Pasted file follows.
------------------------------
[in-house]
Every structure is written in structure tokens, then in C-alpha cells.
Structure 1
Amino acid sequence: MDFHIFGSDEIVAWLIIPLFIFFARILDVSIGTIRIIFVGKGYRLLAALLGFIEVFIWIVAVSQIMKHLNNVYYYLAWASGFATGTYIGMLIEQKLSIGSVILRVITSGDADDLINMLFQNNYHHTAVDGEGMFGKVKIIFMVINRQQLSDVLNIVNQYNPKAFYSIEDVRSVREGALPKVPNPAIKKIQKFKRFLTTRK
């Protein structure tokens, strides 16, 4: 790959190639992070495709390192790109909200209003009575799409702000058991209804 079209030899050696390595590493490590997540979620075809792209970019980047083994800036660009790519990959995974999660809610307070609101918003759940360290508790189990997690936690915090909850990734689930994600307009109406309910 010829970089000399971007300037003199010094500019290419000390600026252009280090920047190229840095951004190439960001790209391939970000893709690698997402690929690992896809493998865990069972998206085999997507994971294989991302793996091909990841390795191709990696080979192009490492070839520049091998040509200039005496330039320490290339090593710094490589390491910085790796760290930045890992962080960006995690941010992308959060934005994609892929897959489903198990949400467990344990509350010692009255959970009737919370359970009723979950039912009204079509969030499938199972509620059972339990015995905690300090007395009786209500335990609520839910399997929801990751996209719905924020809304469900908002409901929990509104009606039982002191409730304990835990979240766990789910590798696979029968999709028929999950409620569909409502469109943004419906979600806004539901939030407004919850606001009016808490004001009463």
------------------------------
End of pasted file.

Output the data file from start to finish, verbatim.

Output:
[in-house]
Every structure is written in structure tokens, then in C-alpha cells.
Structure 1
Amino acid sequence: MDFHIFGSDEIVAWLIIPLFIFFARILDVSIGTIRIIFVGKGYRLLAALLGFIEVFIWIVAVSQIMKHLNNVYYYLAWASGFATGTYIGMLIEQKLSIGSVILRVITSGDADDLINMLFQNNYHHTAVDGEGMFGKVKIIFMVINRQQLSDVLNIVNQYNPKAFYSIEDVRSVREGALPKVPNPAIKKIQKFKRFLTTRK
């Protein structure tokens, strides 16, 4: 790959190639992070495709390192790109909200209003009575799409702000058991209804 079209030899050696390595590493490590997540979620075809792209970019980047083994800036660009790519990959995974999660809610307070609101918003759940360290508790189990997690936690915090909850990734689930994600307009109406309910 010829970089000399971007300037003199010094500019290419000390600026252009280090920047190229840095951004190439960001790209391939970000893709690698997402690929690992896809493998865990069972998206085999997507994971294989991302793996091909990841390795191709990696080979192009490492070839520049091998040509200039005496330039320490290339090593710094490589390491910085790796760290930045890992962080960006995690941010992308959060934005994609892929897959489903198990949400467990344990509350010692009255959970009737919370359970009723979950039912009204079509969030499938199972509620059972339990015995905690300090007395009786209500335990609520839910399997929801990751996209719905924020809304469900908002409901929990509104009606039982002191409730304990835990979240766990789910590798696979029968999709028929999950409620569909409502469109943004419906979600806004539901939030407004919850606001009016808490004001009463």